Psychologically speaking, the urge to collect is a very strange thing.  As a kid I wanted to collect everything, and at one point or another I had had amassed stacks of all the usual suspects: stamps, toys, books, baseball and non-sports cards, comics, and stickers.  Anything that even somewhat struck my fancy became fodder for a collection though, and at times that meant Metallica pictures and clippings, old tickets to Disney World, and all of the Batman ephemera I could get my grubby hands on during 1989.  The most obvious hurdle as a child with a burning need to have as many G.I. Joe figures and Mark McGuire baseball cards, was money.  Though I was well versed in the black market of neighborhood trading circles, I was never all that crafty and ended up happily dumping entire collections in trade for a single dazzling item that caught my eye.  As an adult entrenched in and fascinated by the discussion of nostalgia, I curse myself all the time for my foolhardy ways as I have very little of my actual childhood treasures left.   I can still recall the moment when I traded away all of my Garbage Pail Kids sticker cards for a collector’s case of Micromachines.   The tiny cars seemed so much more interesting at the time and little did I know that 20 years later I’d regret that decision.

What’s weird is that as the years have slipped by my collecting habits have changed drastically.   Even though as an adult I’ve overcome hurdle of expense inhibiting my urge to collect, I’ve calmed to a point where I’ve been able to patiently wait in acquiring stuff.  The urge to have all sorts of stuff is still there, in particular in rebuilding the lost collections from my youth, but I’ve learned that just having the items is sort of hollow.  That doesn’t stop me from picking stuff up, the main difference is that I know that eventually I’ll find most of the stuff I really want cheaply if I’m patient.  Such is the case with one of my all time holy-grail items, the highly coveted (by me at least) 2nd series set of Garbage Pail Kids released by Topps in 1985…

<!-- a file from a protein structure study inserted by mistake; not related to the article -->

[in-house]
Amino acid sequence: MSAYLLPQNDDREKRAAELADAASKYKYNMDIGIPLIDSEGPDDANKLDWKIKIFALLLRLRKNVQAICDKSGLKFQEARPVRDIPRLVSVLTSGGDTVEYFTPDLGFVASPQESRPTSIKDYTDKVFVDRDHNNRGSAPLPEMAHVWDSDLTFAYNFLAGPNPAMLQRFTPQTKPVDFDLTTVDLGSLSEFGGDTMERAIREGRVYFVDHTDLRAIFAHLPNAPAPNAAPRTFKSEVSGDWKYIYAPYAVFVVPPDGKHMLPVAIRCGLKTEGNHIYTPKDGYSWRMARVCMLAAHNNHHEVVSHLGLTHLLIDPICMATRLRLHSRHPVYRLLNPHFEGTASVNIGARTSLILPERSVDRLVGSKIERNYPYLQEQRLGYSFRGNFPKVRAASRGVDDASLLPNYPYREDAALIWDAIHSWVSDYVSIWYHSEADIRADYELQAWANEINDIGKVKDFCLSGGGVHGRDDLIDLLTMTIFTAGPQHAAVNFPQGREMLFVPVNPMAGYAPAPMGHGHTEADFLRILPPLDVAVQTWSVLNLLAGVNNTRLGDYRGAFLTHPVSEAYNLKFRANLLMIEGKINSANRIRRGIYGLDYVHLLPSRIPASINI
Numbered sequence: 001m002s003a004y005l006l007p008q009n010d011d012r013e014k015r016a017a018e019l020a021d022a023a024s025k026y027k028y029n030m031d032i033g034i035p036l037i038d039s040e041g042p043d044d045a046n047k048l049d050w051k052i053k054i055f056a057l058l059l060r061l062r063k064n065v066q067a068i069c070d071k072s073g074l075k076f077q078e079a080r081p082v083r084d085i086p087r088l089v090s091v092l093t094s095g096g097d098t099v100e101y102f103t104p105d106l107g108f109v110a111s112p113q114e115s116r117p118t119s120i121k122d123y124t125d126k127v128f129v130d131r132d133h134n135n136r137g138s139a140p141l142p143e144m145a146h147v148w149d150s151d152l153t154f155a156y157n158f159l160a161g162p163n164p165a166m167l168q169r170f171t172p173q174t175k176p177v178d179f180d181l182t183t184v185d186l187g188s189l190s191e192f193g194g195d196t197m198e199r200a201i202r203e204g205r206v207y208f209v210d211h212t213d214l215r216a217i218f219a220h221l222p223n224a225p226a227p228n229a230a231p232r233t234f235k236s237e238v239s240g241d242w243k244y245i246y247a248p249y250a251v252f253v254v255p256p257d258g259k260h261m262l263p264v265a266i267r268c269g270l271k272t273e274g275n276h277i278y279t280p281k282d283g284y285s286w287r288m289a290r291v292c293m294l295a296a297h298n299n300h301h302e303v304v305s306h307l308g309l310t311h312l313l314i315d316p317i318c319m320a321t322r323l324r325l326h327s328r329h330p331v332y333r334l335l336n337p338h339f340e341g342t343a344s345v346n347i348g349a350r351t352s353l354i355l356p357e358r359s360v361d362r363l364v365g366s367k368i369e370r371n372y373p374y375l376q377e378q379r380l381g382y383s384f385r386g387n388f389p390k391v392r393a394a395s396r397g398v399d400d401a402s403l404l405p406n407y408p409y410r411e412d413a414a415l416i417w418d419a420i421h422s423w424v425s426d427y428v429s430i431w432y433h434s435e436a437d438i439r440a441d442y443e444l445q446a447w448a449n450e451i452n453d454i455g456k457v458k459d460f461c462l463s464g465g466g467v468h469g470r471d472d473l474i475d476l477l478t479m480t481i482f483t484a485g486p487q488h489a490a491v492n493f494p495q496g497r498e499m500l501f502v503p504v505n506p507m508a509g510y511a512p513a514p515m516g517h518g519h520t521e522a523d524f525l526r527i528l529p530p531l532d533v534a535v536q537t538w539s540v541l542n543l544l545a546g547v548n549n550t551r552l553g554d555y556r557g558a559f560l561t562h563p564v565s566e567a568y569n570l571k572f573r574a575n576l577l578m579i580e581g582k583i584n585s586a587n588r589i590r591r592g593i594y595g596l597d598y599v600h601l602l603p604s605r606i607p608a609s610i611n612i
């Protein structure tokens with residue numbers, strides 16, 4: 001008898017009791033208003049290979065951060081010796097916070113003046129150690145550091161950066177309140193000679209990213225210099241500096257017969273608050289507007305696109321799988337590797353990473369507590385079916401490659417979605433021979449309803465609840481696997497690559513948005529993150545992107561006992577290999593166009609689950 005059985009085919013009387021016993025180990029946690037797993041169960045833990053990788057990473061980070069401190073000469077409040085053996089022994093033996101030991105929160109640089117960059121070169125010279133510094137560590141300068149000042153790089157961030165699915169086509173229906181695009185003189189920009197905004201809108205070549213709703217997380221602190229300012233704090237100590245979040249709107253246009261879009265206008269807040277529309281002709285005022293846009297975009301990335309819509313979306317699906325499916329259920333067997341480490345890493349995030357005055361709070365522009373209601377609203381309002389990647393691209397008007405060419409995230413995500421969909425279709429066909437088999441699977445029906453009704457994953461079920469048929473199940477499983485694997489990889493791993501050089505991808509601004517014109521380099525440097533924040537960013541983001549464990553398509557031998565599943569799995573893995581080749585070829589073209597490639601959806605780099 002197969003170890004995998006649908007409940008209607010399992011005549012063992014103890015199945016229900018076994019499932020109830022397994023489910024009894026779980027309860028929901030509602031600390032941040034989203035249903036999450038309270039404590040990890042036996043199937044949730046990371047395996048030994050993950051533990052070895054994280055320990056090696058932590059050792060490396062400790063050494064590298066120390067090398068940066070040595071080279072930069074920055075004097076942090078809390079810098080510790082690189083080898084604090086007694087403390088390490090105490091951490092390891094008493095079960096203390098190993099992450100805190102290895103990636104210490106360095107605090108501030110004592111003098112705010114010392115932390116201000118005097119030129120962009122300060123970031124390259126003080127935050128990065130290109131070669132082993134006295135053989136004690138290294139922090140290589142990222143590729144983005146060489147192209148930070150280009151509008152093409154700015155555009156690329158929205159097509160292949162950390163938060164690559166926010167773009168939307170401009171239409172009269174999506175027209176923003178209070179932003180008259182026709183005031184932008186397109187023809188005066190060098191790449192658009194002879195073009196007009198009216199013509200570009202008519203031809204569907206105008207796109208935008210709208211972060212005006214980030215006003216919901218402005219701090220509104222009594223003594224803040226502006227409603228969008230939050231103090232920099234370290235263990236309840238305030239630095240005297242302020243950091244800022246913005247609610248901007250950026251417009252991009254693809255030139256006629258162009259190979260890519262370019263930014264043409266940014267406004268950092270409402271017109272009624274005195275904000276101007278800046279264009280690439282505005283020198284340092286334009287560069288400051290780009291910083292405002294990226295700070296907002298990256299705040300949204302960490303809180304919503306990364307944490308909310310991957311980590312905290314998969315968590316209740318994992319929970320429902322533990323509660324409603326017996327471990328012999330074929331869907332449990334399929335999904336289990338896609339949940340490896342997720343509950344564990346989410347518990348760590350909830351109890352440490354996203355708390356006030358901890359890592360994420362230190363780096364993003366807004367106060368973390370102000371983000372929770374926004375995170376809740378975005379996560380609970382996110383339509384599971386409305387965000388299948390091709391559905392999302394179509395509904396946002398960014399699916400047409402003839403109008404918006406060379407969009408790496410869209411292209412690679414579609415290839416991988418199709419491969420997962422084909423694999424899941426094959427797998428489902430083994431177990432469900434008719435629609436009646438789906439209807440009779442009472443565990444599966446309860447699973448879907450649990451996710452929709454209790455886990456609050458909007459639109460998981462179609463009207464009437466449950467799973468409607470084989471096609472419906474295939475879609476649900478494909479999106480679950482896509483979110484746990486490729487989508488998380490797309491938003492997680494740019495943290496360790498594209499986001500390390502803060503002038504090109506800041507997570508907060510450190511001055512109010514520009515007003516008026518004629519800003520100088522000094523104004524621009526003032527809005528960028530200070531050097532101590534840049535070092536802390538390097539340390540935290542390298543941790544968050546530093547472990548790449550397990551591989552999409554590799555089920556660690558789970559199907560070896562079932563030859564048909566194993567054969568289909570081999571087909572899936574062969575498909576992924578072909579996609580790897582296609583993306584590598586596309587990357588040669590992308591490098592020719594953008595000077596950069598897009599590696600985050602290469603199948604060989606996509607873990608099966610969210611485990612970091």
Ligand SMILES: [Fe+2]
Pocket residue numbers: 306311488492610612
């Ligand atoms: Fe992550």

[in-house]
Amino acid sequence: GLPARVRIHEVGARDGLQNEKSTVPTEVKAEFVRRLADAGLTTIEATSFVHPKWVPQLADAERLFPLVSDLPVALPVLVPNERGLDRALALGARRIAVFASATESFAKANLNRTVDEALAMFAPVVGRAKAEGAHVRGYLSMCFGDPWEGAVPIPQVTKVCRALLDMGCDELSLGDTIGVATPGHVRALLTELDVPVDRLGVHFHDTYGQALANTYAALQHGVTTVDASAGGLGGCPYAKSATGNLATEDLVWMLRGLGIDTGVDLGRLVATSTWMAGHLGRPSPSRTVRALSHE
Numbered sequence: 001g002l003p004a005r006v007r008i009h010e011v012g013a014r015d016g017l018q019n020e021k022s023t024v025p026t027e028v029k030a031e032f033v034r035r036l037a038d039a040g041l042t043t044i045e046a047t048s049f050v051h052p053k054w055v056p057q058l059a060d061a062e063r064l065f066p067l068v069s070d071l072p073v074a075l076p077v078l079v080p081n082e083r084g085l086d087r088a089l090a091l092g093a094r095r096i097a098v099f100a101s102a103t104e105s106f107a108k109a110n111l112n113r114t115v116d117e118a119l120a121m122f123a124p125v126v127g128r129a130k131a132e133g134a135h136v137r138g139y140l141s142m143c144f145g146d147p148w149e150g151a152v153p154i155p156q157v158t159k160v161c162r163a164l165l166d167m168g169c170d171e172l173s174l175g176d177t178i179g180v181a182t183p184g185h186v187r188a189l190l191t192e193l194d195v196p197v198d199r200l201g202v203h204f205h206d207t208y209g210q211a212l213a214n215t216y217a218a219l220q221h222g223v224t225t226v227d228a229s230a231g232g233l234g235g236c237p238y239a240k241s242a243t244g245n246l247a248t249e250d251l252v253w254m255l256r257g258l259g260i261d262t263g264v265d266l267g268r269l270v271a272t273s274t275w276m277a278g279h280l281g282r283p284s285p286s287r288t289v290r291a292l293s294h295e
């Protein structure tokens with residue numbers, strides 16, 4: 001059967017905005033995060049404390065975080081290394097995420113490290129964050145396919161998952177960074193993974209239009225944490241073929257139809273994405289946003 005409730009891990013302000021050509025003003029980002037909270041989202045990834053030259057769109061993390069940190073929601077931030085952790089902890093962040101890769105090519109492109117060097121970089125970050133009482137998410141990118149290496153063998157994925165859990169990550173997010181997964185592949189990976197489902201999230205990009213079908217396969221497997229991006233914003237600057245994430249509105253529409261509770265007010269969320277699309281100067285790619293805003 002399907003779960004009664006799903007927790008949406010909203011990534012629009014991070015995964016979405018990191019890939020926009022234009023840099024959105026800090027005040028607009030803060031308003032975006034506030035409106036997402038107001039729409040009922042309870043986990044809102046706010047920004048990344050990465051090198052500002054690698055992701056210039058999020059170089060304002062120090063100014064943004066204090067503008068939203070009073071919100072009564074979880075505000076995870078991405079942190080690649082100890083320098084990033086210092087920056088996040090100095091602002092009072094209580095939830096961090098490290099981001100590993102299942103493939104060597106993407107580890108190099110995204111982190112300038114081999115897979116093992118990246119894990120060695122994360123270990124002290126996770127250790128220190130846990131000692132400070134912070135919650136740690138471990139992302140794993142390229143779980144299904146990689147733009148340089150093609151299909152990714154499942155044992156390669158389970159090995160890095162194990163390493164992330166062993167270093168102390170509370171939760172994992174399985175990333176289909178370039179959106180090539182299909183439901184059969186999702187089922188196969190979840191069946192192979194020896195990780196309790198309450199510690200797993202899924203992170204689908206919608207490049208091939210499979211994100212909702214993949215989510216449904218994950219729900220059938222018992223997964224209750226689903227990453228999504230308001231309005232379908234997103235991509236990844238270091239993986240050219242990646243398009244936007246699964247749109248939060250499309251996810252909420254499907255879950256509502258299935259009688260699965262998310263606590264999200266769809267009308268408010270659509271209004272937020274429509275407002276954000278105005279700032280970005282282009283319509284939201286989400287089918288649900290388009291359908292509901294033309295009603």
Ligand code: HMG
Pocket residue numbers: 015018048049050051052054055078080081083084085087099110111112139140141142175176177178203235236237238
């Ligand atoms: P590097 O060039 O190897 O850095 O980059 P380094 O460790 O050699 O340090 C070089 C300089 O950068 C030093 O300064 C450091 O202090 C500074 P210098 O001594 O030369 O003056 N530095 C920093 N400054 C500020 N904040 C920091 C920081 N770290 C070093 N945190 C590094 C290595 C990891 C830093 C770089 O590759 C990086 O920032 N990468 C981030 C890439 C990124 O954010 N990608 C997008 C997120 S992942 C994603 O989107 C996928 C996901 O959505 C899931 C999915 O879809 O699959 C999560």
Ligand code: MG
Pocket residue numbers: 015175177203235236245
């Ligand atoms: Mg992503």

As a kid I started collecting GPKs around the time that the 3rd series was released and, as I’ve mentioned before, it was difficult finding cards in the area where I grew up.  My parents found cards for me at gas stations around town, but a lot of the stores that I frequented didn’t carry them, or I never got a chance to really go to the ones that did.  I did happen upon some rack-packs of 3rd series stickers that had some 2nd series included (one of the three sections of cards contained a pack of 2nd series), but for the most part my only option for finding any 2nd series came through trading.   Kids were very cautious when letting go of this series (though there wasn’t a moratorium on trading these like there was on the very rare 1st series cards), and I only ever managed to get a handful of cards from the set.

When I started reassembling my collection about a decade ago I knew that I’d be able to find the 2nd series cards on eBay, but the general asking price was always a little too high to justify.  I’d always keep an eye out though and after nine years I finally managed to snag a set of 2nd series GPKs for a more than reasonable amount., so I think it’s high time to share them for this 100th Peel Here column!

Hands down these are my favorite stickers from the 80s.  Though I’d consider giving my left nut for a cheap set of series one stickers, I never really came into contact with them as a kid and years later I don’t have nearly the same affinity for them as the second series cards, most of which I came into contact with as a kid.

John Pound was responsible for all of the paintings in this set, and in my opinion these are some of his best GPK pieces overall both conceptually and in execution.  To me this is what truly defines the look and feel of the classic Garbage Pail Kids stickers, highlighting their fun use of parody and iconic characters.   Later, especially from the sixth series on the concepts started getting darker and dabbled more in the land of envelope-pushing mean parody, which has never sat well with me.

Some of the stand out cards in this set include 45a&b (Messy Tessie and Leaky Lindsay) and 62a&b (Greaser Greg and Chris Hiss) who both went on to appear in the Garbage Pail Kids movie a couple years later.  Some other cards I always really dug are 44a&b (Sy Clops and One-Eyed Jack), 49a&b (Double Heather, Schizo Fran, and eventually Fran Fran who replaced the slightly non-PC Schizo Fran in later printings), 53a&b (Jolted Joel and Live Mike), 77a&b (Acne Amy and Ghastly Ashley), and 81a&b (Split Kit and Mixed-Up Mitch.)

The stickers that always sort of represented this set for me were 79a&b, Sewer Sue and Michelle Muck, as these were some of the first 2nd series cards I ever came into contact with.

Anyway, I never thought it would take me three years and four months to get through 100 Peel Here columns, but here we are.   Though I thought I’d run out of stickers to share by this point, I still have some fun things to share, so who knows, maybe I’ll still be talking about stickers three years from now…

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